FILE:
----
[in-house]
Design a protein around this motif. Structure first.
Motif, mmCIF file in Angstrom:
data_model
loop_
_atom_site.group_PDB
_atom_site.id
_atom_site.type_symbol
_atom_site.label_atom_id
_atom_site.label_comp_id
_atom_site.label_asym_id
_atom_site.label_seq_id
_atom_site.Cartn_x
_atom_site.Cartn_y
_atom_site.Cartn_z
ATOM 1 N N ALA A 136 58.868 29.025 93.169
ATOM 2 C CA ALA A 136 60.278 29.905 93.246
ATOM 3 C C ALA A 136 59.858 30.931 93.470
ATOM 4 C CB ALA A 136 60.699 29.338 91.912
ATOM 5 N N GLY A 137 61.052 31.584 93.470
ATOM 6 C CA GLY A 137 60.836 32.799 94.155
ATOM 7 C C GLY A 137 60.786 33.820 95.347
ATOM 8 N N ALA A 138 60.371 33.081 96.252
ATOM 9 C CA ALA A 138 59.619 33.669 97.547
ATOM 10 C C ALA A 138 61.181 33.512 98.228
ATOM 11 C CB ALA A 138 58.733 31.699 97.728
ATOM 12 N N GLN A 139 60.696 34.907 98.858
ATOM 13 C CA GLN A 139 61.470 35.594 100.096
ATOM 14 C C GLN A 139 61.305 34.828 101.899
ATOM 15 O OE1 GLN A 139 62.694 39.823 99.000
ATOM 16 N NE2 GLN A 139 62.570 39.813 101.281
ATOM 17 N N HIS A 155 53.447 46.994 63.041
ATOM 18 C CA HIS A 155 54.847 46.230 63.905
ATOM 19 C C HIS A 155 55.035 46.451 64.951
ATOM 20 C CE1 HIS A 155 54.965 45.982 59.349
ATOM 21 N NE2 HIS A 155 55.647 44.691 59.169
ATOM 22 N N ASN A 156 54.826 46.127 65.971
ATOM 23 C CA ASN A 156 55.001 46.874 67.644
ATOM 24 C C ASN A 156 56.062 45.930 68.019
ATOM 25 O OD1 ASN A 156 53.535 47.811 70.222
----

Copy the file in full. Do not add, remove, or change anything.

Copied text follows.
[in-house]
Design a protein around this motif. Structure first.
Motif, mmCIF file in Angstrom:
data_model
loop_
_atom_site.group_PDB
_atom_site.id
_atom_site.type_symbol
_atom_site.label_atom_id
_atom_site.label_comp_id
_atom_site.label_asym_id
_atom_site.label_seq_id
_atom_site.Cartn_x
_atom_site.Cartn_y
_atom_site.Cartn_z
ATOM 1 N N ALA A 136 58.868 29.025 93.169
ATOM 2 C CA ALA A 136 60.278 29.905 93.246
ATOM 3 C C ALA A 136 59.858 30.931 93.470
ATOM 4 C CB ALA A 136 60.699 29.338 91.912
ATOM 5 N N GLY A 137 61.052 31.584 93.470
ATOM 6 C CA GLY A 137 60.836 32.799 94.155
ATOM 7 C C GLY A 137 60.786 33.820 95.347
ATOM 8 N N ALA A 138 60.371 33.081 96.252
ATOM 9 C CA ALA A 138 59.619 33.669 97.547
ATOM 10 C C ALA A 138 61.181 33.512 98.228
ATOM 11 C CB ALA A 138 58.733 31.699 97.728
ATOM 12 N N GLN A 139 60.696 34.907 98.858
ATOM 13 C CA GLN A 139 61.470 35.594 100.096
ATOM 14 C C GLN A 139 61.305 34.828 101.899
ATOM 15 O OE1 GLN A 139 62.694 39.823 99.000
ATOM 16 N NE2 GLN A 139 62.570 39.813 101.281
ATOM 17 N N HIS A 155 53.447 46.994 63.041
ATOM 18 C CA HIS A 155 54.847 46.230 63.905
ATOM 19 C C HIS A 155 55.035 46.451 64.951
ATOM 20 C CE1 HIS A 155 54.965 45.982 59.349
ATOM 21 N NE2 HIS A 155 55.647 44.691 59.169
ATOM 22 N N ASN A 156 54.826 46.127 65.971
ATOM 23 C CA ASN A 156 55.001 46.874 67.644
ATOM 24 C C ASN A 156 56.062 45.930 68.019
ATOM 25 O OD1 ASN A 156 53.535 47.811 70.222